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Rita Hayworth on the big screen

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One of the many delights of the Wellington Film Society’s 72nd season, which begins on Monday week, will be to see Rita Hayworth as Gilda in the legendary 1946 film noir directed by Charles Vidor. And, like all the society’s films this year, it’ll be shown on the big screen at the Embassy Theatre.

Philip French wrote in the Guardian in 2011 that Gilda is:

a wonderfully perverse noir classic that comes over as a cross between Casablanca (an intentional influence) and Hitchcock’s Notorious (which appeared just weeks after Gilda)….Hayworth is sad and stunning, the film is beautifully lit by Rudolph Maté (who photographed Dreyer’s The Passion of Joan of Arc, Hitchcock’s Foreign Correspondent and Lubitsch’s To Be or Not to Be), and designed by Van Nest Polglase, whose key credits include Top Hat and Citizen Kane.

Gilda isn’t screening till June. But there are three other chances in the Film Society’s Monday night schedule to see Rita Hayworth on the big screen at the Embassy.

On March 12 – the third screening of the year – members will see The Lady From Shanghai, starring not only Hayworth but also Orson Welles, who wrote it, directed it and produced it, one year after Gilda. Peter Bradshaw in the Guardian in 2014, when the magnificent restoration was released:

There’s such outrageous brilliance in Orson Welles’s brash and sexy noir melodrama … There are some opaque plot tangles, perhaps due to 60 minutes being cut from Welles’s original version by the studio, but the sheer brio and style make it a thing of wonder, whisking the audience from the streets of New York City, to the open seas, to a tense courtroom and then to a bizarre house of mirrors…This is arguably Welles’s best acting performance: theatrically romantic, with warmth, wit and a gust of pure charisma.

And Tony Paley, also in the Guardian:

The studio head insisted that Welles’s estranged wife, Rita Hayworth, play the scheming femme fatale of the title. An added emotional resonance comes from the knowledge that the director and Hayworth – who reputedly said the only happiness she had known was with Welles – briefly lived together again during filming. Welles proceeded to shock the studio executives. With the approval of Hayworth, who wanted to break from the character she had become so identified with thanks to the huge hit Gilda (1946), he had his wife’s locks shorn and her trademark red hair dyed blonde.

In May the film society is showing her first major role – in the 1939 film Only Angels Have Wings. Geoff Andrew for the BFI in 2014:

Danger, desire, death and a donkey – Cary Grant, Jean Arthur and Rita Hayworth are flying high in a welcome return to the big screen for Howard Hawks’s peerlessly entertaining tale of aviation in the Andes…in a lovely new restored version.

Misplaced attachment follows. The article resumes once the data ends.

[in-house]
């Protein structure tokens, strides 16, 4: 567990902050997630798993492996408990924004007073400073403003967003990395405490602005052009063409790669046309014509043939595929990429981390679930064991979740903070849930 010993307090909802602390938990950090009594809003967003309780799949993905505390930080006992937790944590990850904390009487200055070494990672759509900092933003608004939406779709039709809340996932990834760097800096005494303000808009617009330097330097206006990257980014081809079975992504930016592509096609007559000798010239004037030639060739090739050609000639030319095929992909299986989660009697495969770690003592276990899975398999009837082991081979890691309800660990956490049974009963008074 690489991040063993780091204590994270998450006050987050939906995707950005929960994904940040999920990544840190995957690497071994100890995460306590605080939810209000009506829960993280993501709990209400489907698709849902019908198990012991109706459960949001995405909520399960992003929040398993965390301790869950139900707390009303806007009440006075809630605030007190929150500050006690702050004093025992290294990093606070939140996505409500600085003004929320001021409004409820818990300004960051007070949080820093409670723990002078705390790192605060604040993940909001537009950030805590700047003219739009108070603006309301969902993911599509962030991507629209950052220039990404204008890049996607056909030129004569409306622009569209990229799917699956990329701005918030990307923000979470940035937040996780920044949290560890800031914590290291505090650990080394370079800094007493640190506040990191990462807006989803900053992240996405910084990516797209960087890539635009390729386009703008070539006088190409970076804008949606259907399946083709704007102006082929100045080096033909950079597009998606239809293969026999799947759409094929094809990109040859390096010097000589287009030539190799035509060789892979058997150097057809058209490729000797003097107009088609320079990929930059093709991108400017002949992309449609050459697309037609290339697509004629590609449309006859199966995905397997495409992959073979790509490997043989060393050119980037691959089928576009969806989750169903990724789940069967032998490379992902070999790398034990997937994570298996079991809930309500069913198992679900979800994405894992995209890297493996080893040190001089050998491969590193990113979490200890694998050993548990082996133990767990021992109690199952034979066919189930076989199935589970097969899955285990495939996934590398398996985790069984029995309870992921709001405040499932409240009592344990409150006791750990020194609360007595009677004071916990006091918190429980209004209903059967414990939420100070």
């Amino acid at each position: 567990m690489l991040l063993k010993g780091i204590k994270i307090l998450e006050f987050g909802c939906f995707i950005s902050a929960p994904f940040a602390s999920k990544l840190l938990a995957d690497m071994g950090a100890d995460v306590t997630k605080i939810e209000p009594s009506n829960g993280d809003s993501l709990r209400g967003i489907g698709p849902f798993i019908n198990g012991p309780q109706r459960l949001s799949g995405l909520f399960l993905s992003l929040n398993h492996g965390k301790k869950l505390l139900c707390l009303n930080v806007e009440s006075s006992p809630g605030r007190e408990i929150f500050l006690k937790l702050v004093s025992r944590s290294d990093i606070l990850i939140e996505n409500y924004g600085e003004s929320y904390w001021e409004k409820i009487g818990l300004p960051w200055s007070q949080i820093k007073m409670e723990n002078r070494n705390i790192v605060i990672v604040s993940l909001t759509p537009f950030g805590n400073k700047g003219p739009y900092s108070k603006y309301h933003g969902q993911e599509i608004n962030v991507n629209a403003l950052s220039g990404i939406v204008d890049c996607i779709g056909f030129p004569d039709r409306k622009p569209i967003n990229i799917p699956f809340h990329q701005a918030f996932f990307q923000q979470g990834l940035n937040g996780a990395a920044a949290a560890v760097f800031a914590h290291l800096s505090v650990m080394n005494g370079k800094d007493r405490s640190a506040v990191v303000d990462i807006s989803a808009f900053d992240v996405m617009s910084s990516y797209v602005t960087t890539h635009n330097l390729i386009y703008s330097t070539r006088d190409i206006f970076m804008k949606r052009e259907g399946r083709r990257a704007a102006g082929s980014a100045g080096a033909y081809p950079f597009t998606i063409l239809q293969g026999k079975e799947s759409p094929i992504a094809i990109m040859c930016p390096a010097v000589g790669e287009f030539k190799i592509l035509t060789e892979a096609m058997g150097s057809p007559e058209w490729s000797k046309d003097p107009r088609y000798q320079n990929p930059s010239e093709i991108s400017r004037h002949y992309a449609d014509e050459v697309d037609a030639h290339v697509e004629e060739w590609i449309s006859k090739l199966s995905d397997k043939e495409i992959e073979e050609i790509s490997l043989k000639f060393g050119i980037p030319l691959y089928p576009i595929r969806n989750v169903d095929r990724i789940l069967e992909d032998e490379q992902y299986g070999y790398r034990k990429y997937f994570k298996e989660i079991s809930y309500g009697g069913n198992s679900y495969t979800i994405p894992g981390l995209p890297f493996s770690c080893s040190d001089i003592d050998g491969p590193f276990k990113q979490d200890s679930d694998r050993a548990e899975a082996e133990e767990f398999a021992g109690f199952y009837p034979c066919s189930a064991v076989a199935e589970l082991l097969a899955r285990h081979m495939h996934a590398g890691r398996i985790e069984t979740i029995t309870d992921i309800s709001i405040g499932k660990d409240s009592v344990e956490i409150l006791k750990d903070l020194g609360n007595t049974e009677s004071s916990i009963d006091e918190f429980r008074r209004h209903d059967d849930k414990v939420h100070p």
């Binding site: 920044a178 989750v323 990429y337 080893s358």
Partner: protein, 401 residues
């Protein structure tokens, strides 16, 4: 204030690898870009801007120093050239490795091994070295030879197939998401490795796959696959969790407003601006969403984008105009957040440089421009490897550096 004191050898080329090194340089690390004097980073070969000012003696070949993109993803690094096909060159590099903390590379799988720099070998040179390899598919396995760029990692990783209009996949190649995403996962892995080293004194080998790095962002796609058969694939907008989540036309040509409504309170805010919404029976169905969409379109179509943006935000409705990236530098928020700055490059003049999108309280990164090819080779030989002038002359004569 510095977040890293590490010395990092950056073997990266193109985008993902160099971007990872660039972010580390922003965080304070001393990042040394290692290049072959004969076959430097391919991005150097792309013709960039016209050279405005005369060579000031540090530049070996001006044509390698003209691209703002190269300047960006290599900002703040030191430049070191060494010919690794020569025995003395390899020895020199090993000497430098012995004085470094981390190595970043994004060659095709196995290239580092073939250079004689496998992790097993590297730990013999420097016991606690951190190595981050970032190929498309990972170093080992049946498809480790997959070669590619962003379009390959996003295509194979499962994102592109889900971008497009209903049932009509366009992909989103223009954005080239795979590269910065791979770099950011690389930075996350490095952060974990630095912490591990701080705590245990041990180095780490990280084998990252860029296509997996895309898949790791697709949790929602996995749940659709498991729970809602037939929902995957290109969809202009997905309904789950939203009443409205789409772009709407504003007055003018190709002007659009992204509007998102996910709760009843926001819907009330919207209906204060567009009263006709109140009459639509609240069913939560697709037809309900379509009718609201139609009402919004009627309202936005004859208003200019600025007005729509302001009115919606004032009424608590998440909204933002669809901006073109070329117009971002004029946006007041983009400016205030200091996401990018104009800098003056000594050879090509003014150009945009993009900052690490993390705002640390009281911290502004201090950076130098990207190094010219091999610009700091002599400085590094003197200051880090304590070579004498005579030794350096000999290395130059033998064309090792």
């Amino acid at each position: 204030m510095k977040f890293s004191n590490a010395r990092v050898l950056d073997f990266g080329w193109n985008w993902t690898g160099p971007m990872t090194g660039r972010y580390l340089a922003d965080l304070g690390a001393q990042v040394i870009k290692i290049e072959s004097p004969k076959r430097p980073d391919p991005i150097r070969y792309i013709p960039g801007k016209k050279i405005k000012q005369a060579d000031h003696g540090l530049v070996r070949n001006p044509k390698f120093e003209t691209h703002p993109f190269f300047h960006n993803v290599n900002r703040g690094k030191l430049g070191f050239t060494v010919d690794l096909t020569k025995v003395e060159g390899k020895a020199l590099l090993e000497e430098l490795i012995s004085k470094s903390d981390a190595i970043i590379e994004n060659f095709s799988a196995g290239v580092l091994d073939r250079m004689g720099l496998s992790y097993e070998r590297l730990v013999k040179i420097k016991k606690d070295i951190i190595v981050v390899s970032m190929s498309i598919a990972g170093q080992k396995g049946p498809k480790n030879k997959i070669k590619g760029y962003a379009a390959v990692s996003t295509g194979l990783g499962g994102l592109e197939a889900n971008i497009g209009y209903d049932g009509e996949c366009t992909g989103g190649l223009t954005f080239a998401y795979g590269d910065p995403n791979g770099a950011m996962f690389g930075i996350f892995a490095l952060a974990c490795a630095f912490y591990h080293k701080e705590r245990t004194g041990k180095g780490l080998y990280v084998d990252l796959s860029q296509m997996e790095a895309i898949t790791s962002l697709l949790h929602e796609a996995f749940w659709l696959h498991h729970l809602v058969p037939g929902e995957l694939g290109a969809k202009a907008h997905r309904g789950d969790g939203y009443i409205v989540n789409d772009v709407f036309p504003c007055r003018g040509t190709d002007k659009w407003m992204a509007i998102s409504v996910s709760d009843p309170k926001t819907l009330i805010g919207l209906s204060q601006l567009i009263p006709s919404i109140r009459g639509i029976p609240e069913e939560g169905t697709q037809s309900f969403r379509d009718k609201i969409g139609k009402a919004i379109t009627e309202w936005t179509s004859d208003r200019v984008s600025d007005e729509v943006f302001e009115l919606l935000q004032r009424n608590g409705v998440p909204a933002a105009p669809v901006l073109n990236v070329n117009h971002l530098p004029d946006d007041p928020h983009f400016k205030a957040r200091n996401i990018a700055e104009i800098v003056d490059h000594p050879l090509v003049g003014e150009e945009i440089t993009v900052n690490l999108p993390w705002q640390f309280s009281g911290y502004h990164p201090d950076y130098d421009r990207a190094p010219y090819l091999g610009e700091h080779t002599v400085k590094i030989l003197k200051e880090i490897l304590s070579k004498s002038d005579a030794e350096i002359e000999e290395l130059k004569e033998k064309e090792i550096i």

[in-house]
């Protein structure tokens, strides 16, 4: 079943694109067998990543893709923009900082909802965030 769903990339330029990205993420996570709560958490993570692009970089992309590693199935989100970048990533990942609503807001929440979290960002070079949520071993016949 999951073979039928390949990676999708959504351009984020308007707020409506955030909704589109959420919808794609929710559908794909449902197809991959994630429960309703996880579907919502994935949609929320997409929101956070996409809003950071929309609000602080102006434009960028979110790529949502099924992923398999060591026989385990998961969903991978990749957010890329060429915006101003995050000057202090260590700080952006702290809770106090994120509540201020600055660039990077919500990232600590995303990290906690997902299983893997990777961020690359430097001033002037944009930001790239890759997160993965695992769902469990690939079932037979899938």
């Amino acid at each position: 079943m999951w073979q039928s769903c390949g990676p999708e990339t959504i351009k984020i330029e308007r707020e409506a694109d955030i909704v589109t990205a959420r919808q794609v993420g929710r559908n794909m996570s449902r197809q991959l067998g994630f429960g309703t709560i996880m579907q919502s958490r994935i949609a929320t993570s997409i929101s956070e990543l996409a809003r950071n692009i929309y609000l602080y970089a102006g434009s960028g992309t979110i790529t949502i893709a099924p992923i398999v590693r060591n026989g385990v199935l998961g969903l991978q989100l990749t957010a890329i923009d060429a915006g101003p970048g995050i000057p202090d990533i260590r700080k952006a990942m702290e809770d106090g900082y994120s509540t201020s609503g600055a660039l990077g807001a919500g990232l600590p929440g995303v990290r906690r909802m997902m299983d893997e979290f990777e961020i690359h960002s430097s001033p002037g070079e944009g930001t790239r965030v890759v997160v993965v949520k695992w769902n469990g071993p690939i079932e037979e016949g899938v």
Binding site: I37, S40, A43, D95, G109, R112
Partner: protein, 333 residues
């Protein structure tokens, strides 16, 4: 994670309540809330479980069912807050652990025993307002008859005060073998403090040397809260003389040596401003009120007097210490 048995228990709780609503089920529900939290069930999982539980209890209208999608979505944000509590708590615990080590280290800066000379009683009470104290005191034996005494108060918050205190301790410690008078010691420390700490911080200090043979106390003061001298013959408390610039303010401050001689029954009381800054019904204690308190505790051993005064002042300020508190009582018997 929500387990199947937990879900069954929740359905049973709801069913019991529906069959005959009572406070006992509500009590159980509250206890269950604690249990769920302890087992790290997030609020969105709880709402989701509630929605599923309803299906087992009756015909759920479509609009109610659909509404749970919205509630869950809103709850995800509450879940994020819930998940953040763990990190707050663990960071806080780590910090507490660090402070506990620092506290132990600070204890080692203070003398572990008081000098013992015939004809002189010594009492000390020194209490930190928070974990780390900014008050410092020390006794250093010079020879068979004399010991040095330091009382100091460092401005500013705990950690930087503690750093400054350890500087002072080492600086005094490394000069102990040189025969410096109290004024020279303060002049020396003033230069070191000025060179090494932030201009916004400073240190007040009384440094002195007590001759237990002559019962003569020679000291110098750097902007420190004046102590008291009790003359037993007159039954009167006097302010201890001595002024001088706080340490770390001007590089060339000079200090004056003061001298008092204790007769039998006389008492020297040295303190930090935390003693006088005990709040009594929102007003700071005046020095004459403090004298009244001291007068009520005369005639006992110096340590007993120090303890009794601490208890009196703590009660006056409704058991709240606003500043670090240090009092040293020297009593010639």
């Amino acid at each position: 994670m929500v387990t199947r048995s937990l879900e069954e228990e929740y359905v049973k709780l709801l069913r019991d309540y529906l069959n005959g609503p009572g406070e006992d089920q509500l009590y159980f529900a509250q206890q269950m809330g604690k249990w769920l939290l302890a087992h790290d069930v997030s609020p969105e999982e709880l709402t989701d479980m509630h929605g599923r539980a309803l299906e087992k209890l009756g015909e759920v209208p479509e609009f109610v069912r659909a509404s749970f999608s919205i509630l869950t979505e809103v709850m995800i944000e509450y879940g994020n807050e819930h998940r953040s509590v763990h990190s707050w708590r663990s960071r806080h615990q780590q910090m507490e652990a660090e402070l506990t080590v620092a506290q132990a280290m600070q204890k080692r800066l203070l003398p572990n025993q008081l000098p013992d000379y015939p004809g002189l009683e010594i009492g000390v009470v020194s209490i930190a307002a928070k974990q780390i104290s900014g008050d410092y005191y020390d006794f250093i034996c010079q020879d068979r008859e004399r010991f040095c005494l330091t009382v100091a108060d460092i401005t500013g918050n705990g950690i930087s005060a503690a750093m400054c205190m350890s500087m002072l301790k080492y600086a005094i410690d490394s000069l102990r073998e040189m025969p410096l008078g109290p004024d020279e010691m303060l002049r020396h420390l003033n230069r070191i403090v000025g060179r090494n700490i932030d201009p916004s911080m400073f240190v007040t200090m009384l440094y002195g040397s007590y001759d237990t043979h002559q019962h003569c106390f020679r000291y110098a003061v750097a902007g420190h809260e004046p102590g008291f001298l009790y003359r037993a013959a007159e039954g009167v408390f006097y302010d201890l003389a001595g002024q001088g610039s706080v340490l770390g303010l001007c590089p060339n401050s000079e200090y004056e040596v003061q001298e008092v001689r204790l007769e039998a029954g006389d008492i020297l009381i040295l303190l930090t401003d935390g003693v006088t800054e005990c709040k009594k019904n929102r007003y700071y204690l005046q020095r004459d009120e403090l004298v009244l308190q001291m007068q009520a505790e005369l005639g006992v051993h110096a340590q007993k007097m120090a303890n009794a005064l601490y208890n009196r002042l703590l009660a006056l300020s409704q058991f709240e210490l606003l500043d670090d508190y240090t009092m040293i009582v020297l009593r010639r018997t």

These films may have been available on line in copies of varying quality. But looking at them at home alone on a computer screen is a miserable affair that does little to reveal the real impact of each production. Seeing them in a big cinema on a big screen and sharing the experience with an audience of like-minded enthusiasts is an experience that cannot be equalled any other way. (Geoff Andrew records that the London audience gave a loud round of spontaneous applause over the end credits for Only Angels Have Wings.)

And the film society’s schedule at the Embassy offers many other chances to share great films with an enthusiastic audience. There are new ones as well as older ones – but it’s the older ones that may have the strongest appeal, including Jean-Luc Godard’s Alphaville from 1965 and his Une Femme Est Une Femme from 1959, William Cameron Menzies Things To Come from 1936, and (not so old) Terry Gilliam’s Brazil from 1984.

And at the end of the year, Rita Hayworth again, in the 1944 Cover Girl, this time in flawless technicolor (a newly restored version) with music by Jerome Kern and starring opposite Gene Kelly.

When she died (in New York, of Alzheimer’s disease) in 1987, the New York Times remembered that Rita Hayworth had made over forty films and had been the epitome of Hollywood glamour and allure, a stunningly beautiful actress and dancer. During World War II, her pinup pictures decorated barracks walls and ships’ bulkheads wherever servicemen went:

Her performance in Cover Girl earned Miss Hayworth the attention of Life magazine, which printed a photograph of her, posed seductively in black lace, that became famous around the world as an American servicemen’s pinup. In what was intended, no doubt, as the ultimate compliment, the picture was even pasted to a test atomic bomb that was dropped on Bikini atoll in 1946.

1 comment:

  1. Chris Hormann, 14. February 2018, 12:32

    Great write-up Lindsay and thank you for your support. The poster of Rita Hayworth appeared as a very prominent plot device in the film of The Shawshank Redemption and of course the Stephen King novella on which it is based is called Rita Hayworth and Shawshank Redemption.